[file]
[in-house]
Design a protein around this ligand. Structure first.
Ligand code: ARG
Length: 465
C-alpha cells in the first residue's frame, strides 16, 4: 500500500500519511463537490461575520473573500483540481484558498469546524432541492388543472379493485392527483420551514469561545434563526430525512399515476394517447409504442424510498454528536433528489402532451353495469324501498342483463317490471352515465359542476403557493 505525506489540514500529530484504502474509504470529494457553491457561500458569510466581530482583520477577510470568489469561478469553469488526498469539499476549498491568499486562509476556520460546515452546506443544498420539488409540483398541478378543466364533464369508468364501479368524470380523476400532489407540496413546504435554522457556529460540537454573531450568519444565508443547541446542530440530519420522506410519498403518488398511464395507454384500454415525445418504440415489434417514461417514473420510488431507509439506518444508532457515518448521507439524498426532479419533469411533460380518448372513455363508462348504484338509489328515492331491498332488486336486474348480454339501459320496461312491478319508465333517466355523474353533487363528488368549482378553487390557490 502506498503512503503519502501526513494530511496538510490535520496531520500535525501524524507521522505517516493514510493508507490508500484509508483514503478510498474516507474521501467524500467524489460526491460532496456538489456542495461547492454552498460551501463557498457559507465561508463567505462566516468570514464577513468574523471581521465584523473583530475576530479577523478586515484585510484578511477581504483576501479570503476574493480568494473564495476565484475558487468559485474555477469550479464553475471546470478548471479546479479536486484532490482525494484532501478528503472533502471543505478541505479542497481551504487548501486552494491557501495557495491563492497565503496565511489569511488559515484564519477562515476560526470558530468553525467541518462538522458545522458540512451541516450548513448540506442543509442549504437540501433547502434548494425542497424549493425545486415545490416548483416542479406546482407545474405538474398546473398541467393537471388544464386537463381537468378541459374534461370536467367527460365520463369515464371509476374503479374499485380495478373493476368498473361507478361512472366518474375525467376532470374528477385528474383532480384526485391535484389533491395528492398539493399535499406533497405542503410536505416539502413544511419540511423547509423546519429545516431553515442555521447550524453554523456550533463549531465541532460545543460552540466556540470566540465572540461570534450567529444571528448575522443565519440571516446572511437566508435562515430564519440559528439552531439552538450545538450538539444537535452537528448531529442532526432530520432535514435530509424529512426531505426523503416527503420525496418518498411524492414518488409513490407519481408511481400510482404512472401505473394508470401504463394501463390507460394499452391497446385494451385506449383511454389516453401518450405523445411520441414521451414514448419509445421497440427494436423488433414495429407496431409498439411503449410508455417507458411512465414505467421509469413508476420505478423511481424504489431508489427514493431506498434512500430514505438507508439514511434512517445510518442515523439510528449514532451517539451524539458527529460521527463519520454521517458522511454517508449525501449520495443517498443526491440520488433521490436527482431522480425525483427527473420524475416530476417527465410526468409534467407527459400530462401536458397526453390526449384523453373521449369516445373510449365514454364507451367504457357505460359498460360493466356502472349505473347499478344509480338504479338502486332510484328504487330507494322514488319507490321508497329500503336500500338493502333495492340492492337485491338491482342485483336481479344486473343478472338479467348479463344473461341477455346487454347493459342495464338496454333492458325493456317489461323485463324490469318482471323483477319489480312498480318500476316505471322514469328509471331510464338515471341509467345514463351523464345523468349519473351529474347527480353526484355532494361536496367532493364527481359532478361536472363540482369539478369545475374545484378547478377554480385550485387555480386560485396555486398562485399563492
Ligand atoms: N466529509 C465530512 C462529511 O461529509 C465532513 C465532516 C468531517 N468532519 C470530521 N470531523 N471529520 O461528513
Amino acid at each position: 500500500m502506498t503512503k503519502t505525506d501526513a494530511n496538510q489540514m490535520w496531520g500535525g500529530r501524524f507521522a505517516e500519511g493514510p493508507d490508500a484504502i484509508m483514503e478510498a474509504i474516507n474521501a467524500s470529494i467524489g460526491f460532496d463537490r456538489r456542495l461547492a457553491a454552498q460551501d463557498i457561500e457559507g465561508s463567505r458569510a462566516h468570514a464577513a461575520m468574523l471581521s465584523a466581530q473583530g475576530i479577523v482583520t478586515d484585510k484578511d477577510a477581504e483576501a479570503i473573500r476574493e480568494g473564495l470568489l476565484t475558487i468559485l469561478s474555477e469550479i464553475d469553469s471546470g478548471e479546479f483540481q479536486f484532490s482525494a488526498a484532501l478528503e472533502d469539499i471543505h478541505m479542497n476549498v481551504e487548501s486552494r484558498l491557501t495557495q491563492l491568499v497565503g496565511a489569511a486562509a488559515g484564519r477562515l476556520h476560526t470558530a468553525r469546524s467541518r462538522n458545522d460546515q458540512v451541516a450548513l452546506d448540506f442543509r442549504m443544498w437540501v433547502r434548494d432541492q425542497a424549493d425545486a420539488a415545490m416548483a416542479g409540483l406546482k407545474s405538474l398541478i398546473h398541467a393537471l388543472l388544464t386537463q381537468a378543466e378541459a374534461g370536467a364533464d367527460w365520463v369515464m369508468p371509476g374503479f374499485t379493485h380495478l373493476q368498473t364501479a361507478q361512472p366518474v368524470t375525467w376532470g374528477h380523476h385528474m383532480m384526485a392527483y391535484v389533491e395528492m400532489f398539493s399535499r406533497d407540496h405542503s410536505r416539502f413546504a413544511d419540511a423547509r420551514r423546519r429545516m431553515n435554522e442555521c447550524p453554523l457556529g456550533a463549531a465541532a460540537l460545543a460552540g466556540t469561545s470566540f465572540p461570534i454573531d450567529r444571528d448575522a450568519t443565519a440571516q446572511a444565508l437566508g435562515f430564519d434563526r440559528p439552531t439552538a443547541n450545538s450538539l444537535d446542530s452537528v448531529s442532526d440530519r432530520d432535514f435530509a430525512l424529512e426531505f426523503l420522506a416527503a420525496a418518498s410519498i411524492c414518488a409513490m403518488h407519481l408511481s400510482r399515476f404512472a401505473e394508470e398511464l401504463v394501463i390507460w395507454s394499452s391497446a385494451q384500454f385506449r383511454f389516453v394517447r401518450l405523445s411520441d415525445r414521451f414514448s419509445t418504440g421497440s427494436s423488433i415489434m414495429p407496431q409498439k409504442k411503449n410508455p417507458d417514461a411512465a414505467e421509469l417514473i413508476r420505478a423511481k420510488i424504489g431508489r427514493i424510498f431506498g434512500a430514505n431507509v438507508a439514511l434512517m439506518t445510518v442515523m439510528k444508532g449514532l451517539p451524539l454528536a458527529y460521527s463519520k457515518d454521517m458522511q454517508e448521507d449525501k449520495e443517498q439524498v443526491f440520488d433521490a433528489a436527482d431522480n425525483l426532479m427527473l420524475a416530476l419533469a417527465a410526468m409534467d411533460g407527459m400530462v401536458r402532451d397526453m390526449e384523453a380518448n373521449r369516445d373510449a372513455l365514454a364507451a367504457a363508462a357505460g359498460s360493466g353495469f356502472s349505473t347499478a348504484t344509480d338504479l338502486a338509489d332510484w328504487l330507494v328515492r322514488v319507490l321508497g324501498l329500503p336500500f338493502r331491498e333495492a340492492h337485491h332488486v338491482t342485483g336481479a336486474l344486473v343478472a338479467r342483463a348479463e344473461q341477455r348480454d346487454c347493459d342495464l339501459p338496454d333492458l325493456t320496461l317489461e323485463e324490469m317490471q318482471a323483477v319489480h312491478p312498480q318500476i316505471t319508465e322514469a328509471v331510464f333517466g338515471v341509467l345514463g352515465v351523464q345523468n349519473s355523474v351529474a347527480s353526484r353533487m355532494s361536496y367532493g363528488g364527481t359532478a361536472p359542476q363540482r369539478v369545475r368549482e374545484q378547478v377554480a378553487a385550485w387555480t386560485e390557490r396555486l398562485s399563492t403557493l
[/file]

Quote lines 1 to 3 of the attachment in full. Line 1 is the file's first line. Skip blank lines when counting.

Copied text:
[in-house]
Design a protein around this ligand. Structure first.
Ligand code: ARG